One thing I always do when I start a new writing project – if possible – is go out and take some reference photos. I usually don’t actually use them that specifically – I rarely describe something featured in the pictures in precise detail – but I do find having them to hand, or even the act of taking them, helps me build atmosphere when writing. At least it does usually; it’s not a precise science by any means.
My first post here in 2012 – meaning it’s been about six months since Paintwork was first realeased. Madness. 2011 was a busy year for me – especially the second half – but it certainly doesn’t feel like it’s been that long.
Anyway, 2012 is here and Paintwork is still picking up some great reviews. Just this week Johann Carlisle pasted a wonderfully thoughtful and enthusisatic review over at the excellent Future Fire – one of my favourite SF ‘zines:
Had a lot of fun this weekend when I returned as a guest on the Beta Male Experience podcast, alongside host Corey and the ever-entertaining Ed Sizemore. In the first half of the show you can hear us discussing the movies we’ve seen recently, before moving on to talk about my new book Paintwork. It’s a fairly spoiler-free chat, where I answer the guys’ questions and go into quite a bit of detail about the ideas, influences and technology behind the stories. Well worth a listen, even if I say so myself. Plus Ed and Corey are always great value – go check it out now.
I was both shocked and thrilled to discover this week that my short story “Havana Augmented” has been nominated for the prestigious British Science Fiction Association Award for Short Fiction.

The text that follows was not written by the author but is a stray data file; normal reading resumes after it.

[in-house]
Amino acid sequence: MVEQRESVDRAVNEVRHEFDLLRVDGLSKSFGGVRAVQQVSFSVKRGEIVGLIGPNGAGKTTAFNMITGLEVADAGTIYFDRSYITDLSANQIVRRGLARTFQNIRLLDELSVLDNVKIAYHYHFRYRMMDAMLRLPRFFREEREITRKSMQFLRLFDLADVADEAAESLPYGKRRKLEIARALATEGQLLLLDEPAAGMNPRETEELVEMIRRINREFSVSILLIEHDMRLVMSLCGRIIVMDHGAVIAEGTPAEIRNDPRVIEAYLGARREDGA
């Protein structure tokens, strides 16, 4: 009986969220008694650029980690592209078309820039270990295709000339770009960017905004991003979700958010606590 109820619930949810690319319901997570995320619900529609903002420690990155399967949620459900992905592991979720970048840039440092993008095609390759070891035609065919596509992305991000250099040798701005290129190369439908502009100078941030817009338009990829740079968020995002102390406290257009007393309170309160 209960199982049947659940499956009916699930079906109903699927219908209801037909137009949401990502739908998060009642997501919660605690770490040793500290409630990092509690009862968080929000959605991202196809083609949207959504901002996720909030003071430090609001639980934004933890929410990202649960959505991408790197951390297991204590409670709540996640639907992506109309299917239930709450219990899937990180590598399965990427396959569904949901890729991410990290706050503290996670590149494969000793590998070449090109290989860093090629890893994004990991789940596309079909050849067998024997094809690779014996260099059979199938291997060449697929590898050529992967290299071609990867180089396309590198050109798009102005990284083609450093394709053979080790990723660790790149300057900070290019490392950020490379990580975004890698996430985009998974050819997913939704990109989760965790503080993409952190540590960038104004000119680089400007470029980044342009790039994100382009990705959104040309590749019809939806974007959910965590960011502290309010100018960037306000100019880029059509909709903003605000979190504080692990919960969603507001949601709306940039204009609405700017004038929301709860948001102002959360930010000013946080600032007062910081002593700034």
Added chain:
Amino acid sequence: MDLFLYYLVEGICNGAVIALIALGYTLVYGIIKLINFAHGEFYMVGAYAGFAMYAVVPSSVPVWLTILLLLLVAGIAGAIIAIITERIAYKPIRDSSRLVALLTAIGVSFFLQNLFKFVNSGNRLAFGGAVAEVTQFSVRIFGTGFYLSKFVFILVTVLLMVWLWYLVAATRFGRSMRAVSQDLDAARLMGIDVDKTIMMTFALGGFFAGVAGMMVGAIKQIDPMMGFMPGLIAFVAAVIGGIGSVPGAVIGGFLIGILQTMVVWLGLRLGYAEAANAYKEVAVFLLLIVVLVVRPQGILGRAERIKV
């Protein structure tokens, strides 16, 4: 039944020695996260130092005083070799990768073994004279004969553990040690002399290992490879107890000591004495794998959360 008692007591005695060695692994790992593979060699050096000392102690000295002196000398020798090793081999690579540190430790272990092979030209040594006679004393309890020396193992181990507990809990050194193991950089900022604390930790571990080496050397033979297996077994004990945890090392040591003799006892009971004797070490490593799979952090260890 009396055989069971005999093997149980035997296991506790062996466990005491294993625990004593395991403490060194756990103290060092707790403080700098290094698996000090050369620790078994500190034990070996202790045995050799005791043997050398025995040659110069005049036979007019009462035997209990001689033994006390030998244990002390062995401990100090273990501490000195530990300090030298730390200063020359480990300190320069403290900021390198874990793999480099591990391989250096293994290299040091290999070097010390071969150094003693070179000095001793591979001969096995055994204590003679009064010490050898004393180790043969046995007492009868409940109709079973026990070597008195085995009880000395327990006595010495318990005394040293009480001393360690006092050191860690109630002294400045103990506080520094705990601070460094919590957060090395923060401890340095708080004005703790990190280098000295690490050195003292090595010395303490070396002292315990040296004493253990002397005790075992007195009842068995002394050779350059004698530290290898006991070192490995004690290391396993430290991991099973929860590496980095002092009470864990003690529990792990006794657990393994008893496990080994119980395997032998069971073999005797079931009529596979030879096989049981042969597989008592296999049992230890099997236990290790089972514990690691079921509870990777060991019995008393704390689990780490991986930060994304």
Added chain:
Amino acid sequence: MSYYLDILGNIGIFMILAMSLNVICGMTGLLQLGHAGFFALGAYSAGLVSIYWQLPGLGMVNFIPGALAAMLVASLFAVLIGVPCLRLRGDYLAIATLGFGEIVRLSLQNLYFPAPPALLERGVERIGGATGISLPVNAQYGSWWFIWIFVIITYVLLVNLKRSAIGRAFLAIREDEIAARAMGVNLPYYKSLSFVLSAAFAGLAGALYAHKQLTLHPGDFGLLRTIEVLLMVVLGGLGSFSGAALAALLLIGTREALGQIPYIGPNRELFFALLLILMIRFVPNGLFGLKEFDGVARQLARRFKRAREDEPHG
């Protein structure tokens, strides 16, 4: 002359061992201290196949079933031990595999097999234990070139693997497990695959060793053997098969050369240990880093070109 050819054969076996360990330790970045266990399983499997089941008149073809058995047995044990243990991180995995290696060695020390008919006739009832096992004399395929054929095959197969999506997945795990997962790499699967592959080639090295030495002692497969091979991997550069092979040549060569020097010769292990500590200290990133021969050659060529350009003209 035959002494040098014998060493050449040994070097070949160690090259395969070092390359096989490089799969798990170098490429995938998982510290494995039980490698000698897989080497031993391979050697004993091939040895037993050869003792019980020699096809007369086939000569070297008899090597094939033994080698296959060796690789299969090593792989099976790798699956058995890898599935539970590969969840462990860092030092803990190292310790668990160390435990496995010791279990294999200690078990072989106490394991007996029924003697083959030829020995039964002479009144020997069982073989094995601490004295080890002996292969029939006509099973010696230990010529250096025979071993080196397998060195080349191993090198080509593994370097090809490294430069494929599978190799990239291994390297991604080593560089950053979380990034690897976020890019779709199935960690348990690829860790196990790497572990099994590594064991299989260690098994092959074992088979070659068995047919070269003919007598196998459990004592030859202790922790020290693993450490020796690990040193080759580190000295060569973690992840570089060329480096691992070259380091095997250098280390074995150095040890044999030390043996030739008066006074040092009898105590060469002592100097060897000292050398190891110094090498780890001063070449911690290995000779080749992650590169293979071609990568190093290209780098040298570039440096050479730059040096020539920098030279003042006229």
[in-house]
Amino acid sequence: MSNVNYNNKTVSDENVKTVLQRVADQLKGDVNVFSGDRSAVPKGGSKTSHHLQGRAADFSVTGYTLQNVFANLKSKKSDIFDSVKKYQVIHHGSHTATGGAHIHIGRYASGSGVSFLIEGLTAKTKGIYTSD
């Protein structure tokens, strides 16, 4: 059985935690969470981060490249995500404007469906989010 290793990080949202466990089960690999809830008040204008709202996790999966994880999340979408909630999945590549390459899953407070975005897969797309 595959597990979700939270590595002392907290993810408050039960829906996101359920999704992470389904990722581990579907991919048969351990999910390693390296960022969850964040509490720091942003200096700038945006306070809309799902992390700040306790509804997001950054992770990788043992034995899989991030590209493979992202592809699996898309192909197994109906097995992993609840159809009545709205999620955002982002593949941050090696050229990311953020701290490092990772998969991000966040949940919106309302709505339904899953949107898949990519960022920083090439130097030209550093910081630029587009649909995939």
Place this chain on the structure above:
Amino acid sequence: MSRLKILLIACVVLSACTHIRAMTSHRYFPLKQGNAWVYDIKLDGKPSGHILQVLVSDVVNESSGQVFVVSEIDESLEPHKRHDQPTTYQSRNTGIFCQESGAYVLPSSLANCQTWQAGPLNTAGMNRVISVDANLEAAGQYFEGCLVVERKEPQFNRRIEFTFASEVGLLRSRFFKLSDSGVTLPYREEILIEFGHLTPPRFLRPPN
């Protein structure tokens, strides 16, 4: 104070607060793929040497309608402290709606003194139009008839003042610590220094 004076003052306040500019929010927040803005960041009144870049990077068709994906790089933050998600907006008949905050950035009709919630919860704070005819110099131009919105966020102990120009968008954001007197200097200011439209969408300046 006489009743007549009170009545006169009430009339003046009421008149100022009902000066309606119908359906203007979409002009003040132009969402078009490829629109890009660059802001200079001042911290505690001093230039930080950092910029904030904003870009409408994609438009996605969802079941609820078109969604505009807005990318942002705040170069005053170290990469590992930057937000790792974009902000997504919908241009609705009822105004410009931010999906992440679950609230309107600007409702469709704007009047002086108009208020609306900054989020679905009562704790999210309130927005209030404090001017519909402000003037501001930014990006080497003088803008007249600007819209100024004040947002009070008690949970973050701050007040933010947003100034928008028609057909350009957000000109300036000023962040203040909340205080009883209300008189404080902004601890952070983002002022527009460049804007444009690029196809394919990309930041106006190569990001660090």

The story was published almost exactly a year ago in the anthology Ergosphere, which can be found at most good online book retailers – or available to download for free as a PDF, although you are encouraged to make a donation to the Haiti disaster fund. Seeing as the situation over there seems to be little better – perhaps distressingly worse – almost a year later, it is still a very worthy cause that deserves your money.
Something different to kick off the second half of 2010, and to show what I’m going to be up to for the next few months. A teaser for my current project – and debut novel – God’s Switch, hopefully being published in 2011.
Simon gazed down across Bristol’s abandoned office blocks, silently wishing for the sound of sirens to shatter his boredom.
It’s not even Christmas yet, but for me 2010 has already got off to a good start. January 1st sees the publication of my story Havana Augmented – a tale of globalization, celebrity gamers, augmented reality and non-existent mech battles. If you have an interest in video games, science fiction or anime then hopefully you’ll enjoy it – you can check out a brief extract below.
The name Natsuhiko Kyogoku is probably unfamiliar to most anime fans, but the novelist has already had one of his works adapted – Madhouse’s 2008 series Mōryō no Hako – with a second, Loups-Garous, being adapted into a movie by Production IG and due for release in 2010. An expert in Japanese folklore tales and yōkai, the supernatural creatures that inhabit them, Kyogoku-san is best known in Japan for his award winning mystery novels. Unfamiliar with his work myself until now, I was intrigued when US publisher Vertical Inc sent me a review copy of his debut novel – and the first to be translated into English – The Summer of The Ubume.
If any of you have read the extract from my short story Paparazzi, you’ll remember a couple of the characters communicating with each other using something called a ‘Voice-Free Choker’ – a neck band that picks up nerve signals to the larynx and converts them into text or speech. Well, this morning I stumbled across this video at New Scientist of someone demonstrating what appears to be exactly that technology:
Here we go…the first 2000 odd words of my latest story ‘Paparazzi’, hopefully for your enjoyment. Let me know what you think in the comments section…
I can’t put the full thing up yet because of the aforementioned possible publishing deal, but if you want to read more or are interested in publishing it yourself, let me know.